furniture shots, how much would you charge?

Discussion in 'Photography' started by graph 1, Jul 1, 2003.

  1. graph 1

    graph 1 Guest

    I was just asked to take 5 shots of different furnatures with some
    accessories in it. How much would you charge for a single shot? Also can
    anyone suggest equipments for this? maybe two 420ex flash and an st-e2
    transmitter on the cam? please advise

    what i have:
    canon g3
    420ex flash
    contax TL30
    tripod
     
    graph 1, Jul 1, 2003
    #1
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  2. Anytime I have done Furniture shots, it usually involved a 4x5 Camera, a lot
    of Umbrellas and a lot of Polaroid's, because the client usually wants
    the colors and textures to be very pleasing. If you have never done this
    before I suggest you take one piece of furniture at home, try and photograph
    it, to get something that looks like what you get in a flyer in the mailbox
    everyday. Then after you get something nice like that multiply the time it
    took you by about 5 times, because you will probably be going somewhere else
    with all of your equipment, setting up, taking down. And then when it is all
    done I hope you have a good custom lab who will get the color right for you.

    Every time I get asked to do a job like this I start them at about $125 per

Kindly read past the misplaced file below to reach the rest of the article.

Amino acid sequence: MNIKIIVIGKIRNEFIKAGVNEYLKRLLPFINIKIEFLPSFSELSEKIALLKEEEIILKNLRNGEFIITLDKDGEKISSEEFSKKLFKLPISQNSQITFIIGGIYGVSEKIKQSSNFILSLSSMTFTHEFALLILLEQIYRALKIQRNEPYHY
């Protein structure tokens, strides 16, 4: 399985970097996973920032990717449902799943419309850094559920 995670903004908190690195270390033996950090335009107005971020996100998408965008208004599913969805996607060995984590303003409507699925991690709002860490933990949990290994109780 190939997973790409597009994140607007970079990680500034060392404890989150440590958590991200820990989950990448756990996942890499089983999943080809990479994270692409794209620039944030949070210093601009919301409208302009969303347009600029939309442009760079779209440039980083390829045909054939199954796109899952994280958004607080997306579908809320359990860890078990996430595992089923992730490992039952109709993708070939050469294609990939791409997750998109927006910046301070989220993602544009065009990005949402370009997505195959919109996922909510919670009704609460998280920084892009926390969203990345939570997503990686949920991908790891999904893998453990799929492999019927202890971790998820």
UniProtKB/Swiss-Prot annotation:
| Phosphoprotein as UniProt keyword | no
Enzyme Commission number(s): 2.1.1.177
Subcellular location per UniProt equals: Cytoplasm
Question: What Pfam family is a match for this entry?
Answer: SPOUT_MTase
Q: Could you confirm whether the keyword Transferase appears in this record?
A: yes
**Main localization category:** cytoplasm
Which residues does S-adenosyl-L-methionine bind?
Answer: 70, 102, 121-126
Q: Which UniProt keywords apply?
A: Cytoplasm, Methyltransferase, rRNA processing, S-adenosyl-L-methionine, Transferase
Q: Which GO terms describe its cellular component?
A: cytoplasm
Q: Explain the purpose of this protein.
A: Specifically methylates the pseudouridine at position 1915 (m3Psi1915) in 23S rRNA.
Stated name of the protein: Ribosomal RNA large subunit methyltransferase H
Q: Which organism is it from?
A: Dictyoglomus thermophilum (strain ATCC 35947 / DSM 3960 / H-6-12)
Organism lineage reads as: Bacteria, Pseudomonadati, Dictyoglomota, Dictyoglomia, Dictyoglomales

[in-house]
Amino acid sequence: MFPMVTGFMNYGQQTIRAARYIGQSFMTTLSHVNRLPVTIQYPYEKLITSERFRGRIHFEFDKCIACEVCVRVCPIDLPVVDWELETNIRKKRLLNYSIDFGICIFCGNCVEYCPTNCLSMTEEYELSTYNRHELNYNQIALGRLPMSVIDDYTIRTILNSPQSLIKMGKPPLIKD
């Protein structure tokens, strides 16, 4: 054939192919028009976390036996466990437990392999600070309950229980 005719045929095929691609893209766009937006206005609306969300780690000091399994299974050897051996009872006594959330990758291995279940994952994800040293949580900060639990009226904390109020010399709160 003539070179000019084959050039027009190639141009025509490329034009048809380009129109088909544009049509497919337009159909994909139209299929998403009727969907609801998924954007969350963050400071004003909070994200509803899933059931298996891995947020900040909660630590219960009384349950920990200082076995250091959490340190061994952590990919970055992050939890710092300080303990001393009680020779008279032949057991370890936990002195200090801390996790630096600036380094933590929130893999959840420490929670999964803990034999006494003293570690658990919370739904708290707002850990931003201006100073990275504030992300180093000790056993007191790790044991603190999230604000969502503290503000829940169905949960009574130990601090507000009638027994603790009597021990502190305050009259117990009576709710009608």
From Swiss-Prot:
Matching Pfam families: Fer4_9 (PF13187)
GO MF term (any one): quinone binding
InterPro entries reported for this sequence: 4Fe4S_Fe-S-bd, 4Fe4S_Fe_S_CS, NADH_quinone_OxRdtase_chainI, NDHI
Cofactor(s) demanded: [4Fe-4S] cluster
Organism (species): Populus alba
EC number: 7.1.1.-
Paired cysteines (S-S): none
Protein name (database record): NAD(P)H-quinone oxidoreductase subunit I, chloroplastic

hour plus expenses. If they don't like that then they do not know what is
    involves and at the end of the shoot everyone will be dissatisfied. I bet
    you can count on every shot taking 1 - 1.5 hours after you are setup so I
    guess you are talking about $200 per shot plus expenses.

    I never like working for any client for whom cost is the biggest factor in
    hiring you, so go for broke.

    Good Luck
     
    David Robinson, Jul 1, 2003
    #2
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  3. graph 1

    graph 1 Guest

    Maybe with my experience $75-100 is enough? I still have like 500 shots to
    shoot for them on another project so i really dont wanna
    charge them at a regular professional amount. Are you still charging them
    for equipments you already have?

    In a different project, how much would you charge for a shot at an ITEM if
    it takes you 10minutes to setup? I am using a digicam so
    lab processing isn't involved. Shots i take goes directly to my laptop for
    editing and organizing.

    Thanks for the Valuable info (you'll be getting a check soon hehee)
     
    graph 1, Jul 1, 2003
    #3
  4. I guess you have to decide what it is you want to do, with your photography,
    nothing takes 10 minutes to setup.
    It takes the time to get there the time to get home and it is all your time
    which if you really want to do photography the only
    way it can be paid for is from the client. If you really want to just see
    yourself published somewere then put some pictures
    on the net.

    I don't know what it is about photographers and artists who value there time
    and talent so little, perhaps just because we do what
    to do our craft so bad we will do it for nothing. Would you expect to call
    the plumber and have him work for so little and say to him
    well your tools are allready paid for. I don't think so.

    My experiene in photgraphy is you probably won't make anything on the 500
    shots iether and after the first 50 it will just be work.
    If the client does not appreciate what goes into a good picture for the